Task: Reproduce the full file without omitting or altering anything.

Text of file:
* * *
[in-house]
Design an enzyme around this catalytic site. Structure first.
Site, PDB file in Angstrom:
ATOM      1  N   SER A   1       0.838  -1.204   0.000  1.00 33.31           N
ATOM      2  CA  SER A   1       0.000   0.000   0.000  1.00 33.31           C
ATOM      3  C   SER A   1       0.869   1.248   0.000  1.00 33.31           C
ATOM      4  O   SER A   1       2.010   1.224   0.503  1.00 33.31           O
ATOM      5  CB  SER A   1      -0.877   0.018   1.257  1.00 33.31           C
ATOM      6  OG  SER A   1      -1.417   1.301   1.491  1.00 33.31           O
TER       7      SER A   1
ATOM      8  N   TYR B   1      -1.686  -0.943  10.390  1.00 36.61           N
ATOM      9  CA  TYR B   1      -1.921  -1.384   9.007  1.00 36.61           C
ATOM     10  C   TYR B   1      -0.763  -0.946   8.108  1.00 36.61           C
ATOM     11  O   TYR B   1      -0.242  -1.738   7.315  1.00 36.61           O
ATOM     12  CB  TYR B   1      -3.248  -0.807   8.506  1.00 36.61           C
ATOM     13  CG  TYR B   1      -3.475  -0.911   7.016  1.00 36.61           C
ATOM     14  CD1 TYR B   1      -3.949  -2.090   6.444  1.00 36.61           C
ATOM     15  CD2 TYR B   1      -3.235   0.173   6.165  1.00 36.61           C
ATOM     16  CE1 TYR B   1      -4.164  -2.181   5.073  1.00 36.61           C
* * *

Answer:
[in-house]
Design an enzyme around this catalytic site. Structure first.
Site, PDB file in Angstrom:
ATOM      1  N   SER A   1       0.838  -1.204   0.000  1.00 33.31           N
ATOM      2  CA  SER A   1       0.000   0.000   0.000  1.00 33.31           C
ATOM      3  C   SER A   1       0.869   1.248   0.000  1.00 33.31           C
ATOM      4  O   SER A   1       2.010   1.224   0.503  1.00 33.31           O
ATOM      5  CB  SER A   1      -0.877   0.018   1.257  1.00 33.31           C
ATOM      6  OG  SER A   1      -1.417   1.301   1.491  1.00 33.31           O
TER       7      SER A   1
ATOM      8  N   TYR B   1      -1.686  -0.943  10.390  1.00 36.61           N
ATOM      9  CA  TYR B   1      -1.921  -1.384   9.007  1.00 36.61           C
ATOM     10  C   TYR B   1      -0.763  -0.946   8.108  1.00 36.61           C
ATOM     11  O   TYR B   1      -0.242  -1.738   7.315  1.00 36.61           O
ATOM     12  CB  TYR B   1      -3.248  -0.807   8.506  1.00 36.61           C
ATOM     13  CG  TYR B   1      -3.475  -0.911   7.016  1.00 36.61           C
ATOM     14  CD1 TYR B   1      -3.949  -2.090   6.444  1.00 36.61           C
ATOM     15  CD2 TYR B   1      -3.235   0.173   6.165  1.00 36.61           C
ATOM     16  CE1 TYR B   1      -4.164  -2.181   5.073  1.00 36.61           C